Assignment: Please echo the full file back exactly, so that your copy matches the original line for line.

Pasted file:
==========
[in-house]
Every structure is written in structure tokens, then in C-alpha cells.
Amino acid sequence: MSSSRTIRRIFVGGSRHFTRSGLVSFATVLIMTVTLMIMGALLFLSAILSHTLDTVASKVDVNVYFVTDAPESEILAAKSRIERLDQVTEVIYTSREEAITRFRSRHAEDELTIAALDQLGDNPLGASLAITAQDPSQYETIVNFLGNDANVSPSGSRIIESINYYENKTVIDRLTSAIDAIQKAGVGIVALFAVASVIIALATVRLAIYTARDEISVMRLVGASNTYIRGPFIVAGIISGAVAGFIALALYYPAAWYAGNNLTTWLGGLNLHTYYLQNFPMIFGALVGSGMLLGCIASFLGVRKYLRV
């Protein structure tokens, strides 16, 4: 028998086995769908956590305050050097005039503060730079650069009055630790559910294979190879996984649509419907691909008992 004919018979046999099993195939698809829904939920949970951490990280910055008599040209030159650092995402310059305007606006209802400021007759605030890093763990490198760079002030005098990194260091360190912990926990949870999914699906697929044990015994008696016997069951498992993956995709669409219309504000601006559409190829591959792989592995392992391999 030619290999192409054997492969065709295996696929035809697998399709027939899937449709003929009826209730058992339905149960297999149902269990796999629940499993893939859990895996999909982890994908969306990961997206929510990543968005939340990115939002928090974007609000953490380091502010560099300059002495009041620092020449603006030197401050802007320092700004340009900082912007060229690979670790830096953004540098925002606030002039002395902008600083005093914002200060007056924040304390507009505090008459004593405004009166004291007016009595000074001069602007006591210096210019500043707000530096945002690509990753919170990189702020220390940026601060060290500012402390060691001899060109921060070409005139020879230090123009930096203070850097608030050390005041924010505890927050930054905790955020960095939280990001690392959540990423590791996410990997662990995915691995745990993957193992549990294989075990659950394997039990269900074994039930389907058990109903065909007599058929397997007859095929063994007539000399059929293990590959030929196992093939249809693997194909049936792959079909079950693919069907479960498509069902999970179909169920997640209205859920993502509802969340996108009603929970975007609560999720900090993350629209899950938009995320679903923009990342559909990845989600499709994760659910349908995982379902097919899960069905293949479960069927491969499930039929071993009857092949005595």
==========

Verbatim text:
[in-house]
Every structure is written in structure tokens, then in C-alpha cells.
Amino acid sequence: MSSSRTIRRIFVGGSRHFTRSGLVSFATVLIMTVTLMIMGALLFLSAILSHTLDTVASKVDVNVYFVTDAPESEILAAKSRIERLDQVTEVIYTSREEAITRFRSRHAEDELTIAALDQLGDNPLGASLAITAQDPSQYETIVNFLGNDANVSPSGSRIIESINYYENKTVIDRLTSAIDAIQKAGVGIVALFAVASVIIALATVRLAIYTARDEISVMRLVGASNTYIRGPFIVAGIISGAVAGFIALALYYPAAWYAGNNLTTWLGGLNLHTYYLQNFPMIFGALVGSGMLLGCIASFLGVRKYLRV
């Protein structure tokens, strides 16, 4: 028998086995769908956590305050050097005039503060730079650069009055630790559910294979190879996984649509419907691909008992 004919018979046999099993195939698809829904939920949970951490990280910055008599040209030159650092995402310059305007606006209802400021007759605030890093763990490198760079002030005098990194260091360190912990926990949870999914699906697929044990015994008696016997069951498992993956995709669409219309504000601006559409190829591959792989592995392992391999 030619290999192409054997492969065709295996696929035809697998399709027939899937449709003929009826209730058992339905149960297999149902269990796999629940499993893939859990895996999909982890994908969306990961997206929510990543968005939340990115939002928090974007609000953490380091502010560099300059002495009041620092020449603006030197401050802007320092700004340009900082912007060229690979670790830096953004540098925002606030002039002395902008600083005093914002200060007056924040304390507009505090008459004593405004009166004291007016009595000074001069602007006591210096210019500043707000530096945002690509990753919170990189702020220390940026601060060290500012402390060691001899060109921060070409005139020879230090123009930096203070850097608030050390005041924010505890927050930054905790955020960095939280990001690392959540990423590791996410990997662990995915691995745990993957193992549990294989075990659950394997039990269900074994039930389907058990109903065909007599058929397997007859095929063994007539000399059929293990590959030929196992093939249809693997194909049936792959079909079950693919069907479960498509069902999970179909169920997640209205859920993502509802969340996108009603929970975007609560999720900090993350629209899950938009995320679903923009990342559909990845989600499709994760659910349908995982379902097919899960069905293949479960069927491969499930039929071993009857092949005595």